The Pivot Policy of President Obama’s administration is a significant foreign policy initiative that sets a firm tone for the future of Obama’s presidential term. Enacted in 2010, the Pivot Policy seeks to rebalance the United States towards Asia, through increased diplomatic, economic, and strategic investment. In a Foreign Policy piece from November 2011, former Secretary of State Hilary Clinton writes that pivoting towards Asia will be “one of the most important tasks of American statecraft over the next decade”.
The Pivot Policy calls for “forward-deployed” diplomacy, or, the continued efforts to dispatch all units of US diplomatic force. These include highest-ranking officials, development experts, interagency teams, and permanent assets placed in all corners of the Asia- Pacific region in an effort to keep up with the ever-shifting power dynamics present in Asia. The Obama administration will implement this plan for intensified diplomatic presence through six lines of action: strengthening bilateral security alliances, deepening working relationships with emerging powers, including China, engaging with regional multilateral institutions, expanding trade and investment, forging a broad-based military presence, and advancing democracy and human rights.
US treaty alliances with Japan, South Korea, Austria, the Philippines, and Thailand all have gained increased importance in the age of the Pivot Policy. The Obama administration hopes to sustain these long-held alliances, while making them strong enough to withstand the pressures of a changing geopolitical climate. In addition, former secretary Clinton’s “pivot” article explicitly references China and US-Chinese relations. She writes that China represents “one of the most challenging and consequential bilateral relationships the United States has ever had to manage”. Nevertheless, Clinton explains that the US hopes to ameliorate and strengthen its partnership with China through increased involvement in the region. For example, the two countries now conduct a Strategic and Economic dialogue, talks bringing together dozens of agencies from both sides to discuss our most pressing bilateral issues, from security to energy to human rights. A main priority has been to identify and expand areas of common interest. The Obama administration hopes the talks will allow the US to work with China to build mutual trust, and to encourage China’s active efforts in global problem-solving.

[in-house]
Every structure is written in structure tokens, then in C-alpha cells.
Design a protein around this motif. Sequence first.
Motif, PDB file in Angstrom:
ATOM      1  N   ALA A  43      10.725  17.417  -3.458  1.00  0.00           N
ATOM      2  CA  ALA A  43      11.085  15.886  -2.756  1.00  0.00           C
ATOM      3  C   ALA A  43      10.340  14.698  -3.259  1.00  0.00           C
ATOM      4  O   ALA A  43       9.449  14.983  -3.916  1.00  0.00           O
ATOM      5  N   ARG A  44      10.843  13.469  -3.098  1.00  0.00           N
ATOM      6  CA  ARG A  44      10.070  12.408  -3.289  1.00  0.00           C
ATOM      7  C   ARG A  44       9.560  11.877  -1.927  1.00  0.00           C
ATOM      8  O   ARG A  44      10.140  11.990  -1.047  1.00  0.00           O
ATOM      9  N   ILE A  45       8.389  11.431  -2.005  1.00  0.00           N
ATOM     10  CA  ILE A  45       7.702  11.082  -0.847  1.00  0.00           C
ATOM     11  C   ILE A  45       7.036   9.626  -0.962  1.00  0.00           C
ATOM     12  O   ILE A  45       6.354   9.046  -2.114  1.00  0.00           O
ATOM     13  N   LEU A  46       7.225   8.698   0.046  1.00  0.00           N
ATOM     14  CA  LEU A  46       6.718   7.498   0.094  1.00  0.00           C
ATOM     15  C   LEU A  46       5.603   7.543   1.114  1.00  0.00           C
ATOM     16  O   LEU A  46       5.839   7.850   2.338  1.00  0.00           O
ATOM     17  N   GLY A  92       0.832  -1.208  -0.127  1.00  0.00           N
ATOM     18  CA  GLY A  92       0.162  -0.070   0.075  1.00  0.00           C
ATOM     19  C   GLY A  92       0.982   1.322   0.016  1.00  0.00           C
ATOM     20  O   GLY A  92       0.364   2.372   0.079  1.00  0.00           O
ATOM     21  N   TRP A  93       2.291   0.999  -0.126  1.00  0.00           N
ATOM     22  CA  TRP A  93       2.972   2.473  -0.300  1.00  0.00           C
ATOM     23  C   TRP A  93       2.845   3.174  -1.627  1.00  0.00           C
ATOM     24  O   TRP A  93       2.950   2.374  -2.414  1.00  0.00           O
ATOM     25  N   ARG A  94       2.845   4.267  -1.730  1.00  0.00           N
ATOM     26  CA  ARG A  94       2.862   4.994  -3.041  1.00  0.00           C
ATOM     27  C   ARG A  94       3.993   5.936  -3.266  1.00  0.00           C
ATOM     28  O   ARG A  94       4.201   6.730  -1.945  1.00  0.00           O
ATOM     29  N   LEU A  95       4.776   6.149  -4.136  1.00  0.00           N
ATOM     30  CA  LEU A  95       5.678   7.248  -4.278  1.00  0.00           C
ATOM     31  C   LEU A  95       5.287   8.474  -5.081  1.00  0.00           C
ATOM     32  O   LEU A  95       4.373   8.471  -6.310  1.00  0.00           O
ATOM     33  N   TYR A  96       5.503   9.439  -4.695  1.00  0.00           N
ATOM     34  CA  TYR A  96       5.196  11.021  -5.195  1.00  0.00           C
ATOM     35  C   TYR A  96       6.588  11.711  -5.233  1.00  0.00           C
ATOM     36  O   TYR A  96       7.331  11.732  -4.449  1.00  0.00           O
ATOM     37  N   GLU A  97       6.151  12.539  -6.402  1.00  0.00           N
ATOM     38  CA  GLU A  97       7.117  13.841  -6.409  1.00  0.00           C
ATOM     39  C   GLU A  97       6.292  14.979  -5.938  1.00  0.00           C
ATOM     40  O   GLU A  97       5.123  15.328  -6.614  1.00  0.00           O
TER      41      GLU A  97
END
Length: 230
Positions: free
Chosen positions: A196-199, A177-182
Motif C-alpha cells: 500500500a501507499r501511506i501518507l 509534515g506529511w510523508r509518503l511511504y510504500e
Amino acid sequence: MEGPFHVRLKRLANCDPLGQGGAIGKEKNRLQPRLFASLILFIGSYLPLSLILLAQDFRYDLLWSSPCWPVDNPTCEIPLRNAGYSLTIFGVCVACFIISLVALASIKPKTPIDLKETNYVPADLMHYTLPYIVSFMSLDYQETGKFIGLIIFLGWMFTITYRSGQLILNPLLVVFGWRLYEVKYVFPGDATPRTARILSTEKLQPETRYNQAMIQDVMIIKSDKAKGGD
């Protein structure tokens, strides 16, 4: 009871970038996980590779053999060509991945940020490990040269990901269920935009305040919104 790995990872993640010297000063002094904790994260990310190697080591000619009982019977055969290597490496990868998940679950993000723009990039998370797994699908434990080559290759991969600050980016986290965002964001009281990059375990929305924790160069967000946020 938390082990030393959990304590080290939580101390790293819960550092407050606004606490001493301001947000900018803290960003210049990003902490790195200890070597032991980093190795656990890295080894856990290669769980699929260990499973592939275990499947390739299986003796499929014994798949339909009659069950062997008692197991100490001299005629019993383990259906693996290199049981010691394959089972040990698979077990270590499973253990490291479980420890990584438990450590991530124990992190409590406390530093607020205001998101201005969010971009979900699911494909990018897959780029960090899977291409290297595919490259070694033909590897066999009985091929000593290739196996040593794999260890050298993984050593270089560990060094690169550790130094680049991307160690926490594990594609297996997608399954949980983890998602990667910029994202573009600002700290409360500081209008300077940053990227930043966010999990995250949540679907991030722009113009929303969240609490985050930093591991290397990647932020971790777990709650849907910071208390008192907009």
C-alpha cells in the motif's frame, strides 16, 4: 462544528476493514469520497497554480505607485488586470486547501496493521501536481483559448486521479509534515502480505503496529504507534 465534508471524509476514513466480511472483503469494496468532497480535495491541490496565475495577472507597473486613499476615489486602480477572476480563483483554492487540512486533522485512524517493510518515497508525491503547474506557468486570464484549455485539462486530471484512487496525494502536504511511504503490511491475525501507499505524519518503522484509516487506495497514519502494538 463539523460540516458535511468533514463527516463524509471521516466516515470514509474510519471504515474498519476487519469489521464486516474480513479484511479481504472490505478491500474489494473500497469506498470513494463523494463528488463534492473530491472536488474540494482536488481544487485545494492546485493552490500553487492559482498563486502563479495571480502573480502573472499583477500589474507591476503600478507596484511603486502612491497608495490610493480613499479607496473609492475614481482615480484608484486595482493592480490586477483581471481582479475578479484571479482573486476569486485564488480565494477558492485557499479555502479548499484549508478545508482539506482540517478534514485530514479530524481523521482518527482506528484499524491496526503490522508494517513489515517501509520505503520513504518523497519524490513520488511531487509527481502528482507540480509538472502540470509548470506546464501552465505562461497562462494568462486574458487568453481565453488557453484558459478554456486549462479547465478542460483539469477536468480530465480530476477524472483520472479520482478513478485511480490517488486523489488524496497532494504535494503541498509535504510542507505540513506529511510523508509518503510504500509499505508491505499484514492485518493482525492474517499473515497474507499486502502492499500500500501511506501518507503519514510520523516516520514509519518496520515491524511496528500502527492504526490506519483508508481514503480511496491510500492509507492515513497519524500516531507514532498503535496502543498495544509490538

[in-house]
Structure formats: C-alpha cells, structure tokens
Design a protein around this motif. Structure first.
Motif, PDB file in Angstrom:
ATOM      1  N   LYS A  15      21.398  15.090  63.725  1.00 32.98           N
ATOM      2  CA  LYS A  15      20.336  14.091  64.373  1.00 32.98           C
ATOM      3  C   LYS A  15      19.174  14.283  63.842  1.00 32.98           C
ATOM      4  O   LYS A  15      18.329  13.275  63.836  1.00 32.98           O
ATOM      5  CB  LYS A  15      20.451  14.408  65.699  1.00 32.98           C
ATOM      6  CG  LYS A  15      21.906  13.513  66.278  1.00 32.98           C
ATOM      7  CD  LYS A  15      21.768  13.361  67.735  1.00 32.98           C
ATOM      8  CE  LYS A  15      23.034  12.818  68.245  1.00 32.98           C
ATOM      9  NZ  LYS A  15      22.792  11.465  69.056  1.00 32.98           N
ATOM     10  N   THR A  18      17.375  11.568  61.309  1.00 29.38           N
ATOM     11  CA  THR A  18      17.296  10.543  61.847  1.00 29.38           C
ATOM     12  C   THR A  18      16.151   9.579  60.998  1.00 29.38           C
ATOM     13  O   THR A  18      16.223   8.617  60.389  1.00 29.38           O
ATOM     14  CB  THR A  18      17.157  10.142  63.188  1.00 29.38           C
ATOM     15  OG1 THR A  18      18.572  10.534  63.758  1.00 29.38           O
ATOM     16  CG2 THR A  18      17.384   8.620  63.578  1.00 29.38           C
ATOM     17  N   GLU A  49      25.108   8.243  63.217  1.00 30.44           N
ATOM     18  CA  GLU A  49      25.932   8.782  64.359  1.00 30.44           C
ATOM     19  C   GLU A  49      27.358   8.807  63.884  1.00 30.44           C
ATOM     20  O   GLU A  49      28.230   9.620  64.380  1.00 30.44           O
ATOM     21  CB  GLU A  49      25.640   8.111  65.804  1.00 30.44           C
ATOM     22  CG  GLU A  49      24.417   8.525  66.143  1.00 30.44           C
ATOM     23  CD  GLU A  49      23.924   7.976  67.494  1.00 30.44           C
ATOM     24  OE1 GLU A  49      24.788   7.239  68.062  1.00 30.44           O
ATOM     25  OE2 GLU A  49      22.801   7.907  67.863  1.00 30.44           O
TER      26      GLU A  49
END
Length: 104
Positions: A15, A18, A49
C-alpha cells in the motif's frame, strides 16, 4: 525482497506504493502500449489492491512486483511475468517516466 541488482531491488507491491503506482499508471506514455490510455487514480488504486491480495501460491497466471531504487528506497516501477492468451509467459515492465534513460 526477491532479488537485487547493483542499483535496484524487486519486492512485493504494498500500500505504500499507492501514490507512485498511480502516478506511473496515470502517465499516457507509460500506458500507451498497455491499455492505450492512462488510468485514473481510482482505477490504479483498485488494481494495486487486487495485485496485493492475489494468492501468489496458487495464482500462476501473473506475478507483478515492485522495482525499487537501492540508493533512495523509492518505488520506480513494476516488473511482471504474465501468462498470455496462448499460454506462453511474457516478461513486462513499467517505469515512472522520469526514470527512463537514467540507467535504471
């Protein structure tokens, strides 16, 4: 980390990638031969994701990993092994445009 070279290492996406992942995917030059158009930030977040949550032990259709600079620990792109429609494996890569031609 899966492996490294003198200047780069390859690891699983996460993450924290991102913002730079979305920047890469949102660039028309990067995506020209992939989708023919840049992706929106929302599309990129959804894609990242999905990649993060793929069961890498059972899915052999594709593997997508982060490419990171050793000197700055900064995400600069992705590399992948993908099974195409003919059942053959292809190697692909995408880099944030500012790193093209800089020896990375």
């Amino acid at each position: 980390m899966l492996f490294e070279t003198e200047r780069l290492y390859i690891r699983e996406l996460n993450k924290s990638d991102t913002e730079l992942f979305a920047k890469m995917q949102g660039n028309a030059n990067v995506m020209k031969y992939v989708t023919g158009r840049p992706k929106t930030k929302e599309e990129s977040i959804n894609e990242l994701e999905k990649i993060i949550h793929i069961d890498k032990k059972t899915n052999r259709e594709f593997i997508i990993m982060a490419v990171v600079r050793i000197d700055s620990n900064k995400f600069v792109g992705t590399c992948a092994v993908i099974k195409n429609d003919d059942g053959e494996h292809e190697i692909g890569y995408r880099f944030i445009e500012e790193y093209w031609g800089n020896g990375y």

In addition to strengthening diplomatic relations, the Pivot Policy exists on the rationale that “harnessing Asia’s growth and dynamism is central to American economic interests”. The Obama administration hopes to capitalize on Asian markets for trade, investment, and technology development. The US has embarked on multiple new trade agreements with Asian countries to secure its place in the economic framework in the region. A main pillar of the new economic initiatives in Asia is the Trans-Pacific Partnership (TPP), a proposed free-trade agreement among over various countries on both sides of the Pacific, such, Brazil, Peru, Chile, the US, New Zealand, and Vietnam, Singapore, and Malaysia. The TPP would effectively remove all trade tariffs and barriers among its member states. The Obama administration hopes this new trade deal would mark the beginning of an era of free trade with Asia-Pacific.
Finally, the Pivot Policy calls for an increased US military presence in Asia to hold a greater influence on security issues in the region. Former Secretary Clinton cites that “Asia’s remarkable economic growth…and growth in the future depending on the security and stability that has long been guaranteed by the U.S. military, including more than 50,000 American servicemen and women serving in Japan and South Korea. To adjust to the rapidly changing times, Obama calls for a new military strategy that is more geographically distributed, operationally resilient, and politically sustainable force posture.
Looking beyond this rhetoric, however, the true success of the Pivot Policy still remains in question. Three years since its inception, it is difficult to pinpoint substantial progress made towards the objectives of the Pivot Policy. One recent event that supports the Obama administration’s claim of rebalancing towards Asia is its humanitarian response to the catastrophic Typhoon Haiyan, which hit the Philippines earlier this month on November 8th. A recent article from TIME Magazine reports that the US has pledged a total of 37 million in disaster relief funds to the island nation, and adds that the US military has mobilized 50 U.S. ships and aircraft carries in the region along with 14 helicopters air-dropping food and supplies to survivors. However, a more recent article from Reuters Press explains how the US has already begun scaling back its aid efforts in the Philippines, withdrawing its aircraft carrier the USS George Washington, a main supplier of food aid. Therefore, the longevity of this increased commitment to military and humanitarian presence is still uncertain. It remains to be seen whether the US will apply the same force and intensity in its humanitarian efforts in vulnerable areas such as the Philippines in the months and years to come.
Adrienne Larson is a sophomore studying International Relations